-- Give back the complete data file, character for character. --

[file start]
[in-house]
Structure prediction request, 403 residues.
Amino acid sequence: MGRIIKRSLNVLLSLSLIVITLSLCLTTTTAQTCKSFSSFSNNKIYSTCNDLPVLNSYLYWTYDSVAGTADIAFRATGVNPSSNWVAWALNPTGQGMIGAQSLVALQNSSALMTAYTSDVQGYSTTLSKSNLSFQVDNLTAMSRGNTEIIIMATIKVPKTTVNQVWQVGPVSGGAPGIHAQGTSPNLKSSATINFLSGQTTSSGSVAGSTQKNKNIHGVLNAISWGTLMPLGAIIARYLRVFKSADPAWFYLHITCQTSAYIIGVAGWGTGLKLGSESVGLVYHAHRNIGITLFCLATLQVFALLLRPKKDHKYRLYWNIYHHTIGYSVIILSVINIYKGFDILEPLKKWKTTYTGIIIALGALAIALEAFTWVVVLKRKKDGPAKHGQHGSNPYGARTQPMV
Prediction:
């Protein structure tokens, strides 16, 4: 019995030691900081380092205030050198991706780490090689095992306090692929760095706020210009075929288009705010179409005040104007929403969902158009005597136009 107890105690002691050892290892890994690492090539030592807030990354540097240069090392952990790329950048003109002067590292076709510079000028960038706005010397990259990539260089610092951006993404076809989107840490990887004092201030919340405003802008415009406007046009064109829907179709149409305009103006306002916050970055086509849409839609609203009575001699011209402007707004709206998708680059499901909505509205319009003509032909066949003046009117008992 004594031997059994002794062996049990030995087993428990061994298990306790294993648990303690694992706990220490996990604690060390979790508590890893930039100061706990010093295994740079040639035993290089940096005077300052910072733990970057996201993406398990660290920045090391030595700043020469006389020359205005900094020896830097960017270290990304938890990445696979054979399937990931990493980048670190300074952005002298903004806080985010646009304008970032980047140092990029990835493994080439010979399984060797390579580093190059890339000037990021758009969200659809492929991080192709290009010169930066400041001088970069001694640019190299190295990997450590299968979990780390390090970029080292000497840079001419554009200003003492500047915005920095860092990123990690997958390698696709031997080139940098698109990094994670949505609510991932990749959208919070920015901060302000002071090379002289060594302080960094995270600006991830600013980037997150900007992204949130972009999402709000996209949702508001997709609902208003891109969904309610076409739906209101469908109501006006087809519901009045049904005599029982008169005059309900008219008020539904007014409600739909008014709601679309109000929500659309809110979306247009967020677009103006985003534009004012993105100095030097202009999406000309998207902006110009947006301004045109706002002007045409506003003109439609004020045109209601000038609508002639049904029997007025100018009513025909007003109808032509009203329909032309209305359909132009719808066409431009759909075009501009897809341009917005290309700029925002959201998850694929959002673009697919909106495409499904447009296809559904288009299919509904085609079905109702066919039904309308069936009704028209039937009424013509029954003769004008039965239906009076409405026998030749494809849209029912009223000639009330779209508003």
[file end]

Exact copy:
[in-house]
Structure prediction request, 403 residues.
Amino acid sequence: MGRIIKRSLNVLLSLSLIVITLSLCLTTTTAQTCKSFSSFSNNKIYSTCNDLPVLNSYLYWTYDSVAGTADIAFRATGVNPSSNWVAWALNPTGQGMIGAQSLVALQNSSALMTAYTSDVQGYSTTLSKSNLSFQVDNLTAMSRGNTEIIIMATIKVPKTTVNQVWQVGPVSGGAPGIHAQGTSPNLKSSATINFLSGQTTSSGSVAGSTQKNKNIHGVLNAISWGTLMPLGAIIARYLRVFKSADPAWFYLHITCQTSAYIIGVAGWGTGLKLGSESVGLVYHAHRNIGITLFCLATLQVFALLLRPKKDHKYRLYWNIYHHTIGYSVIILSVINIYKGFDILEPLKKWKTTYTGIIIALGALAIALEAFTWVVVLKRKKDGPAKHGQHGSNPYGARTQPMV
Prediction:
């Protein structure tokens, strides 16, 4: 019995030691900081380092205030050198991706780490090689095992306090692929760095706020210009075929288009705010179409005040104007929403969902158009005597136009 107890105690002691050892290892890994690492090539030592807030990354540097240069090392952990790329950048003109002067590292076709510079000028960038706005010397990259990539260089610092951006993404076809989107840490990887004092201030919340405003802008415009406007046009064109829907179709149409305009103006306002916050970055086509849409839609609203009575001699011209402007707004709206998708680059499901909505509205319009003509032909066949003046009117008992 004594031997059994002794062996049990030995087993428990061994298990306790294993648990303690694992706990220490996990604690060390979790508590890893930039100061706990010093295994740079040639035993290089940096005077300052910072733990970057996201993406398990660290920045090391030595700043020469006389020359205005900094020896830097960017270290990304938890990445696979054979399937990931990493980048670190300074952005002298903004806080985010646009304008970032980047140092990029990835493994080439010979399984060797390579580093190059890339000037990021758009969200659809492929991080192709290009010169930066400041001088970069001694640019190299190295990997450590299968979990780390390090970029080292000497840079001419554009200003003492500047915005920095860092990123990690997958390698696709031997080139940098698109990094994670949505609510991932990749959208919070920015901060302000002071090379002289060594302080960094995270600006991830600013980037997150900007992204949130972009999402709000996209949702508001997709609902208003891109969904309610076409739906209101469908109501006006087809519901009045049904005599029982008169005059309900008219008020539904007014409600739909008014709601679309109000929500659309809110979306247009967020677009103006985003534009004012993105100095030097202009999406000309998207902006110009947006301004045109706002002007045409506003003109439609004020045109209601000038609508002639049904029997007025100018009513025909007003109808032509009203329909032309209305359909132009719808066409431009759909075009501009897809341009917005290309700029925002959201998850694929959002673009697919909106495409499904447009296809559904288009299919509904085609079905109702066919039904309308069936009704028209039937009424013509029954003769004008039965239906009076409405026998030749494809849209029912009223000639009330779209508003």